Tuesday, September 17, 2019

#89 - 101 Ways to Trick your Students into Reading

Students race to circle the Spanish word
Someday I will write a book titled, "101 Ways to Trick your Students into Reading the Same Text Again" or, at the least, submit a conference session proposal on it. I really don't have 88 other posts on this blog on this subject, but I'm willing to bet I have that many ideas that I've used in my Spanish classes in the last 19 years!

When I create activities or games, I tend to make ones in which students work with a partner or in groups of three to help keep all students engaged. But I changed it up a bit today.

First, I did a MovieTalk of a super short film clip, "El mejor de la clase", with my Spanish 1 students. The instructions and lesson plans are  from Martina Bex's (The Comprehensible Classroom) SOMOS 1 Unit 02 curriculum. In the curriculum Martina included a "basic script" of what happens in the video to guide teachers on how to do a MovieTalk. After completing the MovieTalk, I read the script to my students, while clarifying, sketching, gesturing and asking questions as I read the script.

Then I asked students to tell me 5 words that they still had a question about or were unsure of. Following that, I noticed the students needed some type of movement. I made an on-the-spot decision (what teacher doesn't do that on a regular basis?) to split the class into two groups and play a game similar to Find It. However, instead of working in small groups, I used the script that was projected on the board. I numbered the students so they could follow the order and keep the game moving (instead of deciding each round which student went next).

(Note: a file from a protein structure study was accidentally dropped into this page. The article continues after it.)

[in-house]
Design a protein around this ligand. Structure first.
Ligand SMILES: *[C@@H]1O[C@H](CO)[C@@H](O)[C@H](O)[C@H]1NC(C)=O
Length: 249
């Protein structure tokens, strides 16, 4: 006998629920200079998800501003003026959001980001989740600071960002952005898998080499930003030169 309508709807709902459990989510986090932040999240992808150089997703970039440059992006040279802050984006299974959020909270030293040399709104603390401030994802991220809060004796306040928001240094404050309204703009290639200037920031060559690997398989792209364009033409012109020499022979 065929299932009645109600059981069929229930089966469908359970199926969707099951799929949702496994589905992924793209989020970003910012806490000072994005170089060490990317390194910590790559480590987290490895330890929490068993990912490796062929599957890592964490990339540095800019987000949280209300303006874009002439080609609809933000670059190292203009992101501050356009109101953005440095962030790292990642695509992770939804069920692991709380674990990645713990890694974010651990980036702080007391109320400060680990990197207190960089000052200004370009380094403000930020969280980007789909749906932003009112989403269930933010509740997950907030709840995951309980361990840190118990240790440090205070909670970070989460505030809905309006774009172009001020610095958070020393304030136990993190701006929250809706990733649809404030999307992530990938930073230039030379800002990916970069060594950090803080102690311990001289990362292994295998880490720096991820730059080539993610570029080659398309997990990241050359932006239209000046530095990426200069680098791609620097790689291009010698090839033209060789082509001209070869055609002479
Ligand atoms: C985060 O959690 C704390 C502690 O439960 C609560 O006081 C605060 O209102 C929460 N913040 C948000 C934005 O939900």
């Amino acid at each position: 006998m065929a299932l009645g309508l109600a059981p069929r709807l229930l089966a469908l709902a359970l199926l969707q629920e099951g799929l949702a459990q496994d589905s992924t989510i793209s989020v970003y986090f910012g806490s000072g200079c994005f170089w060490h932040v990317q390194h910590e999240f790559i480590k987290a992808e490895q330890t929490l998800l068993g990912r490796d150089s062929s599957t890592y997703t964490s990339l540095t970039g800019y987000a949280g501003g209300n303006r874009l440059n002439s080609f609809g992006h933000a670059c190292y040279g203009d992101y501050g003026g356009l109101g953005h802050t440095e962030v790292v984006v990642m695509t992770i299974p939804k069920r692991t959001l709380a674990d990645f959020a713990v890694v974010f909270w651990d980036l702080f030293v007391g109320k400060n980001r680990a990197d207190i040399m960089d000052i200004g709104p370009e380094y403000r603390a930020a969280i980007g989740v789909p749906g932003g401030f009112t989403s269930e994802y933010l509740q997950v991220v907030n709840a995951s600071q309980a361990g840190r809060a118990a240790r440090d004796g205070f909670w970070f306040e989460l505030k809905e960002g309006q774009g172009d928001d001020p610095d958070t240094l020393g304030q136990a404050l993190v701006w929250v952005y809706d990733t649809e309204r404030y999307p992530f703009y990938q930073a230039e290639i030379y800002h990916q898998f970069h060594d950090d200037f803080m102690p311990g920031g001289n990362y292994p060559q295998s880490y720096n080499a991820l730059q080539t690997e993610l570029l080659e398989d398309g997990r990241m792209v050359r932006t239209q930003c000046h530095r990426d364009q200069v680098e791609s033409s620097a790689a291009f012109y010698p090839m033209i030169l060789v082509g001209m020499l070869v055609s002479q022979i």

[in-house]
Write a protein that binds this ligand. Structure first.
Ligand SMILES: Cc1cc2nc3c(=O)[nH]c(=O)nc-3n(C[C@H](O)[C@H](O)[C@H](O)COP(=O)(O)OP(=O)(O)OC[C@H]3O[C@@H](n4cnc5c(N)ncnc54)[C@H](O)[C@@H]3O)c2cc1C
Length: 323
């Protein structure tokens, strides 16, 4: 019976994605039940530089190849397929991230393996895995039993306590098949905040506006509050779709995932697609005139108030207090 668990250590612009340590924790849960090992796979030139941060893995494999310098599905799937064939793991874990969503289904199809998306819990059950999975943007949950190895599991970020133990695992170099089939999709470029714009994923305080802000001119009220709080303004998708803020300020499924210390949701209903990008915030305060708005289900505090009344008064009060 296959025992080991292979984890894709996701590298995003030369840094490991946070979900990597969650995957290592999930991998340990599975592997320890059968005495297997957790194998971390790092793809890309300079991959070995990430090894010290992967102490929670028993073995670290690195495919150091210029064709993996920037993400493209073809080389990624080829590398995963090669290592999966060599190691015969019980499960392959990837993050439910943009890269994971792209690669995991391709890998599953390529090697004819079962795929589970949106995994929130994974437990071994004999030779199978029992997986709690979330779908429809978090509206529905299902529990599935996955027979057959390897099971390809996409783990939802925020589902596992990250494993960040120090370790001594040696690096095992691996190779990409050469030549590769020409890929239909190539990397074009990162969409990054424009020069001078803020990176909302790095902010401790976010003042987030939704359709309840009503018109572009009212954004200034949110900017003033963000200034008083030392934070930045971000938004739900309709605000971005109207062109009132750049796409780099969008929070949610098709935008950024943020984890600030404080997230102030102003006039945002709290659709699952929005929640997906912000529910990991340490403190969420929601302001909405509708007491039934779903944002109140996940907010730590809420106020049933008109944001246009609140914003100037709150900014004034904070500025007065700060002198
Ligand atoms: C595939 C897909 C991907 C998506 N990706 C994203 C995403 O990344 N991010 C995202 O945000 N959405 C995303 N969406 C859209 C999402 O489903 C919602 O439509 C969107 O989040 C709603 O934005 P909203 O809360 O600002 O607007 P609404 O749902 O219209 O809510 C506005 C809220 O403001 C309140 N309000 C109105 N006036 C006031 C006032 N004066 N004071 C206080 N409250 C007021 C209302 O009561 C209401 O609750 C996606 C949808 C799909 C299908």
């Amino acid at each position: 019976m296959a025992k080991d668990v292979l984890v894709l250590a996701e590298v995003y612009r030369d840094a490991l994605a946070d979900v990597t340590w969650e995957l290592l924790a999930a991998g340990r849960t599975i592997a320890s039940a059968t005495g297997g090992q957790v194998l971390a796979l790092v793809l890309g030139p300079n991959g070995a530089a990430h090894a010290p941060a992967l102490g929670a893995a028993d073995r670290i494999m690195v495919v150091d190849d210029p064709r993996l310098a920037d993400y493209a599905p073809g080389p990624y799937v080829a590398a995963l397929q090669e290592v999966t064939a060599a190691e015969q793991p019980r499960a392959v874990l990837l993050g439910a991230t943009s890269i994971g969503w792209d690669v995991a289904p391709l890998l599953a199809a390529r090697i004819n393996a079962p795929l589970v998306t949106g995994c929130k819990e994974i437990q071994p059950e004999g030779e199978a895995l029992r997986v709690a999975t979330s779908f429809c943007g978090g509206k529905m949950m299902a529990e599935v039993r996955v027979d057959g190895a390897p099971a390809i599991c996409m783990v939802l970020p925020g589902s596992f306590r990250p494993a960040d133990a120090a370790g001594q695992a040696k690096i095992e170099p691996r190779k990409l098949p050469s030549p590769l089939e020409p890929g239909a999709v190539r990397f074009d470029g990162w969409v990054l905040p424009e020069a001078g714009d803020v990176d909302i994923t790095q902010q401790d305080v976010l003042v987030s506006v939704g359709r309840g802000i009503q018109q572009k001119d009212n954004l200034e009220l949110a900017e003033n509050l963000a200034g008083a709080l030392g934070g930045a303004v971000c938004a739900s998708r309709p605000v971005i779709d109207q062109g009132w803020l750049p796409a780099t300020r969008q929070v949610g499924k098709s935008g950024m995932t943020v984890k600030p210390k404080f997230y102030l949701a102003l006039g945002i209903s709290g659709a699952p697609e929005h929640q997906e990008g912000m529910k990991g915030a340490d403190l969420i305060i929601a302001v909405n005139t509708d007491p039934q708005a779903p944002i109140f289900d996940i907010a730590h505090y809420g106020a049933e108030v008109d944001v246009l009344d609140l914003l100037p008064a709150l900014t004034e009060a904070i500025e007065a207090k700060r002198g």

A student from each team went to the board with a marker in hand. I said the word in English and they had to read the text in order to find the Spanish word. When they found it, they had to circle the word before the other student did in order to earn a point for their team.

I kept it moving at a fast pace by not having them erase the circle they had drawn. Each student had several turns at the board and it took 6 minutes or less. It took the place of our 2nd Brain Break today because it had everyone up and moving around.

The beauty of using this particular script is that (1) it is comprehensible, of course, and (2) many words are used multiple times throughout the text. When I called out words that were used several times in the text, there was a greater possibility that students wouldn't try to circle the exact same word at the same time (helping to lesson the chances that it would turn into a contact sport).   

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